Along King’s Road in Pontcanna, Cardiff everything seems suburbanly normal. There’s a curry house, a florist, a hairdressers, but nothing particularly out of the ordinary. However, hidden away behind the normality a lone alcohol alchemist is hard at work. He’s concocting a range of unique beers in a garage which he believes to be Wales’s smallest commercial brewery.
The Artisan Brewing Co. is a micro-brewery which produces 800 pints of beer a week. It is owned by Simon Doherty, a self-confessed beer-nerd. As from yesterday he has secured a deal, with the landlord of the site, to rent an area behind the garage effectively doubling the size of his operation, and maybe even tripling it for next summer.
What makes his alcoholic drinks different from most is the fact they are 100 per cent natural, free from additives and preservatives, in addition to being unfiltered and unpasteurised – that’s why he calls them barenaked beers.
“Most UK bottle conditioned beers use sugar to create the carbonation. I use a number of German techniques, so as to add nothing! As pure as beers gets: grain hop yeast and water, that is all.” Simon on how he bottles his drinks.
Here is a video of the brewing process:
Thanks to the newly acquired space he will be able to provide more barenaked beers to locals who come to his regular micro beer festivals which take place at the brewery throughout the year. The events always feature local bands and serve hot food sourced from south Wales.
This is a short clip from the latest event held 5 and 6 December, 2009:
By January he will know if he is successful in obtaining a ‘premises license’ to sell the beverages straight from the brewery itself. But for now you can wait until his next micro beer festival (details on his Facebook group) or visit the bars and cafes around Cardiff city centre that supply them: Nos Da, Bar Umm and Gwdihw.
Simon is originally from Melbourne, Australia but left when he was 22. While in Australia he worked for a winery and as a result managed to land a job at the prestigious Château Lynch-Bages in France. He worked in France for a while but decided he wanted to visit family in Clevedon, Bristol. He said one evening:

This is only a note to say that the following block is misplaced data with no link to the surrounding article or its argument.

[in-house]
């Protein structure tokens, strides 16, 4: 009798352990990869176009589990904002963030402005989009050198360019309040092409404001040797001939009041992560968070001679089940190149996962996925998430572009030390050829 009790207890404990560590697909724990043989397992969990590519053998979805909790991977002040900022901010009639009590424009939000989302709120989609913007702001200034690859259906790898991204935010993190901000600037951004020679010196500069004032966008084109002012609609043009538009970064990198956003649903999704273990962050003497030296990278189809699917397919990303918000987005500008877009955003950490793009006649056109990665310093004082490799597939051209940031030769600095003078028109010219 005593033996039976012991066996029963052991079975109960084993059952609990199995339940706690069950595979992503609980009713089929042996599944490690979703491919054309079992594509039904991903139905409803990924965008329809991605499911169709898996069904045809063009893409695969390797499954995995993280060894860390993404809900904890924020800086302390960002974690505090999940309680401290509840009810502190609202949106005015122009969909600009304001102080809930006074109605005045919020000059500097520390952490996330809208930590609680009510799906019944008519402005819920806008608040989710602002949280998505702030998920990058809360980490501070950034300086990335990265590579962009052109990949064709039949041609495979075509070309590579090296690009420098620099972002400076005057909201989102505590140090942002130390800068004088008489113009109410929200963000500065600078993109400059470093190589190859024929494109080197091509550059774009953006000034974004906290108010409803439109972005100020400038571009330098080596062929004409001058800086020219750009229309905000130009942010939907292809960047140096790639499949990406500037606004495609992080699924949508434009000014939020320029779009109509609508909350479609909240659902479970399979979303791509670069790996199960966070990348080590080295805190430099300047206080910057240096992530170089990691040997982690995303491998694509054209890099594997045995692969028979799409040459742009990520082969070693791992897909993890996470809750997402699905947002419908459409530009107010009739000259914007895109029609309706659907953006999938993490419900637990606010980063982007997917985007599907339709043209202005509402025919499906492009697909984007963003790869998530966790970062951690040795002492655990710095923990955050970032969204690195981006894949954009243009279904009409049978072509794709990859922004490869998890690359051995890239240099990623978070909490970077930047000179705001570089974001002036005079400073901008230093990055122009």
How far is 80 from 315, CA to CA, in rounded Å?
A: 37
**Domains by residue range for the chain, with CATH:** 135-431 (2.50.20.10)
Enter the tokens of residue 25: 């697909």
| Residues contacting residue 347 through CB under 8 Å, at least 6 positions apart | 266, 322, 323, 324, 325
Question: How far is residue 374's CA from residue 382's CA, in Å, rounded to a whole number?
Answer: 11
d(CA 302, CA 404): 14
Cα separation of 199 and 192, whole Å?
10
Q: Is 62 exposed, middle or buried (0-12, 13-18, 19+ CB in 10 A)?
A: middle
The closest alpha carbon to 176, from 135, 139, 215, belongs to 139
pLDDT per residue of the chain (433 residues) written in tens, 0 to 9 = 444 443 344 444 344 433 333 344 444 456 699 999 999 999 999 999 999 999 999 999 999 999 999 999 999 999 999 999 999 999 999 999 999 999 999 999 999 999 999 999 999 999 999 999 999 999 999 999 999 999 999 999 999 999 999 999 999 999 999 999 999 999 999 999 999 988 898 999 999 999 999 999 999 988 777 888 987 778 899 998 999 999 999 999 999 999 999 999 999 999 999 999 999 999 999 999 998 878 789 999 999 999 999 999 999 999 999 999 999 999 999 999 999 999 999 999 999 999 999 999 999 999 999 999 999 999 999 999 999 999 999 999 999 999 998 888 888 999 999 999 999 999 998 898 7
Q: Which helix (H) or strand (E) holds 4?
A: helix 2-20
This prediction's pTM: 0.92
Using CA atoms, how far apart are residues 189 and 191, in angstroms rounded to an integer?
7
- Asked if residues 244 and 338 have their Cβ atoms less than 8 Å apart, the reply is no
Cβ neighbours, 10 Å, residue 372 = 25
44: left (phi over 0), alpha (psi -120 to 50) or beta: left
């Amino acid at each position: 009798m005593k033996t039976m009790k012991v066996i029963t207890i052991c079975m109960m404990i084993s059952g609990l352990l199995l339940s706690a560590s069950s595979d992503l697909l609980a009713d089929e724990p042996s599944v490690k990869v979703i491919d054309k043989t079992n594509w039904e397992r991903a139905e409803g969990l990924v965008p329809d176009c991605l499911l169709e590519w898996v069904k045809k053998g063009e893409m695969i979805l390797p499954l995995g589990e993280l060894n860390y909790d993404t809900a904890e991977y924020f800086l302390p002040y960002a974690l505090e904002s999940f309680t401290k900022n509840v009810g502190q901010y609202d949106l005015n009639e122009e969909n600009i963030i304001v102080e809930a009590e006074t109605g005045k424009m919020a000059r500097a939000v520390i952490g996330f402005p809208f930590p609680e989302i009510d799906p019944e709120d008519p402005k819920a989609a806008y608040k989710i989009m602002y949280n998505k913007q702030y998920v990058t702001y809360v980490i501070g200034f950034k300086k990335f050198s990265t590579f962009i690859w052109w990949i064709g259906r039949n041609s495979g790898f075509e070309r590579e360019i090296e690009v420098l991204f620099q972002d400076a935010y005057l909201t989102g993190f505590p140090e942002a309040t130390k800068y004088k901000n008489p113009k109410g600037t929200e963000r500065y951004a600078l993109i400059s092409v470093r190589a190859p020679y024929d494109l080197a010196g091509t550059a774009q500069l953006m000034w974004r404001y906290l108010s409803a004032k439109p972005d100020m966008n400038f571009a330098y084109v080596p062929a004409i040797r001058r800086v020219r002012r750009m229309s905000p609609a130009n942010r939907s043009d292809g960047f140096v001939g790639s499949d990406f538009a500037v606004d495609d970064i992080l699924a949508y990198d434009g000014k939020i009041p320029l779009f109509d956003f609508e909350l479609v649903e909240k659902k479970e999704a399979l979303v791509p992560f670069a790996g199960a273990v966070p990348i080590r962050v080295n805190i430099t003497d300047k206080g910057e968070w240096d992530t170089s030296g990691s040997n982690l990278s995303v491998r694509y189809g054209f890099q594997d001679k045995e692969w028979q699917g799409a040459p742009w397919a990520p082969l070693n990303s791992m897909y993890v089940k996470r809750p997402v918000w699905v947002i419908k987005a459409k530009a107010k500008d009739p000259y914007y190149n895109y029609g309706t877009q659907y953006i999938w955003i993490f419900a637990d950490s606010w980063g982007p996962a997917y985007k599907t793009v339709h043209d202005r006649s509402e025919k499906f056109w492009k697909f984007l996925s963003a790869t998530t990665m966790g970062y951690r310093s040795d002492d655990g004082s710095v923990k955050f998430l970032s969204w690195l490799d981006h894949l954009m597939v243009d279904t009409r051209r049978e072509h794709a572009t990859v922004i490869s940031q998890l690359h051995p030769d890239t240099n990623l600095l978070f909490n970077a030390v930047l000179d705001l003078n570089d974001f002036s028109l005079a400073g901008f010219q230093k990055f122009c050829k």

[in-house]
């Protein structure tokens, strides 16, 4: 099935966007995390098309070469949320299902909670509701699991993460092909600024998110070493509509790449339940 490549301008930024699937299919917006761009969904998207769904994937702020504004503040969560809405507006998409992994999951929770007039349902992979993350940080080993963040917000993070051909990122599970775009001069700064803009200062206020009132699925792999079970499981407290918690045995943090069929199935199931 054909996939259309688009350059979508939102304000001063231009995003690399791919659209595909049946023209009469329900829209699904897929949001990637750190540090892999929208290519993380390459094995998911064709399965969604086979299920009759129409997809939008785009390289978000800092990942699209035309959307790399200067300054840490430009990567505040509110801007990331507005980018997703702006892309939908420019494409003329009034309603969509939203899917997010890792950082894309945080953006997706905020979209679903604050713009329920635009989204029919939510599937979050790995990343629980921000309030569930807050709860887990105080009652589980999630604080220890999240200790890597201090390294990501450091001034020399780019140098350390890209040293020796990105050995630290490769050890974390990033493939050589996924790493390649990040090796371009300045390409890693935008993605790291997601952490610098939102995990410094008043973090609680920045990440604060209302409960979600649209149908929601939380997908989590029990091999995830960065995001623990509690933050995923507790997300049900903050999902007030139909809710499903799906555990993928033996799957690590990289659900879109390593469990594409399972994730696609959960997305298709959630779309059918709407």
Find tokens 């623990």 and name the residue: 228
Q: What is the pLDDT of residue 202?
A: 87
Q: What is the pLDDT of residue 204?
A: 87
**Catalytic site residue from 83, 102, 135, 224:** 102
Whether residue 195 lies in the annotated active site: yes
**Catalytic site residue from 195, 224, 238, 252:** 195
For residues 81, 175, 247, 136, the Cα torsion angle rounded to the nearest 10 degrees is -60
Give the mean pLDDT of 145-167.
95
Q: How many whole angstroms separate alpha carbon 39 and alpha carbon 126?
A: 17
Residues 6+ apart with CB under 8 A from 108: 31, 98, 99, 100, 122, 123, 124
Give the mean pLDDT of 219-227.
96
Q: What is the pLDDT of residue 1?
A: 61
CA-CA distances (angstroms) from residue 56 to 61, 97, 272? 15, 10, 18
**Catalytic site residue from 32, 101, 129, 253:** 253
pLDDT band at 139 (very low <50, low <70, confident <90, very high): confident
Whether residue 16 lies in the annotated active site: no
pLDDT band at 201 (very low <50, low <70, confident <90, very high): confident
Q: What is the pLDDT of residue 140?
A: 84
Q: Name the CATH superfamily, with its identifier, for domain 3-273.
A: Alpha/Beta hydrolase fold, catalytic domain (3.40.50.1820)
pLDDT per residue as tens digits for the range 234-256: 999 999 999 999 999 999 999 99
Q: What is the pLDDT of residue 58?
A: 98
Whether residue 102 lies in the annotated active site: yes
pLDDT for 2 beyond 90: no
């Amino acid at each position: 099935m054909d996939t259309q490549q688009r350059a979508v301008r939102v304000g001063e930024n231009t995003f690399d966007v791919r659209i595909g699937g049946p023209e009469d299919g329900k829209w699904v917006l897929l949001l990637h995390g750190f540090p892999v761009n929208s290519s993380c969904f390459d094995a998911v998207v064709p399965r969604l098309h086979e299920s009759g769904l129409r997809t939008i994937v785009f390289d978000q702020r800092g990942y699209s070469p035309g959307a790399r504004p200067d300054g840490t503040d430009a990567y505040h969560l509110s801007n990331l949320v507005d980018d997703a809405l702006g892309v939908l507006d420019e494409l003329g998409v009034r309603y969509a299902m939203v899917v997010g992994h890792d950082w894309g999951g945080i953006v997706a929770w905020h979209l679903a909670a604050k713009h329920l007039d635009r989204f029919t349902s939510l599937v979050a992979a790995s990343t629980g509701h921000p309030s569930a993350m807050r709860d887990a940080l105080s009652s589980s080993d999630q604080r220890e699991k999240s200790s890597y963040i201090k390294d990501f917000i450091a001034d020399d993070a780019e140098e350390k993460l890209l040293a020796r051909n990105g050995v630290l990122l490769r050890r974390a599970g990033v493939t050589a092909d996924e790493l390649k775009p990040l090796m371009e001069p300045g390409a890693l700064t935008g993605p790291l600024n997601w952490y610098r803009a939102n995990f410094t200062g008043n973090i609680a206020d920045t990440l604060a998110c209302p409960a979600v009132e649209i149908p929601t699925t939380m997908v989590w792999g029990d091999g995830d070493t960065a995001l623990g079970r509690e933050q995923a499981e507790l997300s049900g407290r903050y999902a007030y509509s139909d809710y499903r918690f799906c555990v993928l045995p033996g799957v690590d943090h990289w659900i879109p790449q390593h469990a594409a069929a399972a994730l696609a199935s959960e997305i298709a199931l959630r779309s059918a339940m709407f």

“I was in their backyard and saw lights flashing from across the water and asked what it was. It turned out to be Cardiff and they said it was apparently ‘good for a day trip.’”
When Simon initially came to Cardiff he had plans to go into business with a brewer based here, but it unfortunately fell through. Fortunately though he met his girlfriend who worked for NoFit State Circus and ended up joining her by managing the bar they had on site. After saving up money they decided to go travelling together and bought around-the-world tickets. On returning from this year out in 2004 he wanted to fulfil his dream of becoming an independent brewer:
“When I stepped off the plane I didn’t have a penny to my name. I was sleeping on a friend’s couch. I got a job and every spare penny saved went into this joint buying stainless steel and filling my lounge.”
Before Simon moved his equipment from his front room into the garage-sized warehouse in King’s Road he informed me that not so long ago the space was used as a gallery. Previous to that he mentioned that it was a mechanic’s workshop: “Legend has it that there was a particular car that was made here.” But oddly enough he went on to add that:
“It apparently used to be a brewery about 90 years ago.”
Wanting to know more about this I did some research at Cardiff Central Library in the Local Studies section and looked up the address of the micro brewery from yesteryear. I found books containing details of streets in Cardiff dating back to the 1800s and started looking from the late 1890s, until I came across this page:
In this book:
As you can see there was a brewery named Walpole Brewing Co. and further research showed it existed from 1902 to 1909 at 183 King’s Road, Pontcanna. It’s strange that the place was once a brewery over 100 years ago and now history is repeating itself. When Simon told me the benefits of the location it wasn’t surprising:
“When I moved in it was ideal as it had a sloping floor. I use water to clean everything and it helps if this moves in one direction on the floor. Not typical in most garages so this one was meant for me at this point in time.”
A map of the brewery’s location (click blue pointer for a photo of the site):
If you ever walk down King’s Road in Pontcanna and see the curry house, the florist or the hairdressers remember that a little further on there’s a guy working solo crafting the next batch of naturally brewed beers. After January, if all goes to plan for him, you’ll be able to walk in and purchase his products from the Artisan brewery. Thanks to the new space he’ll have a healthy supply.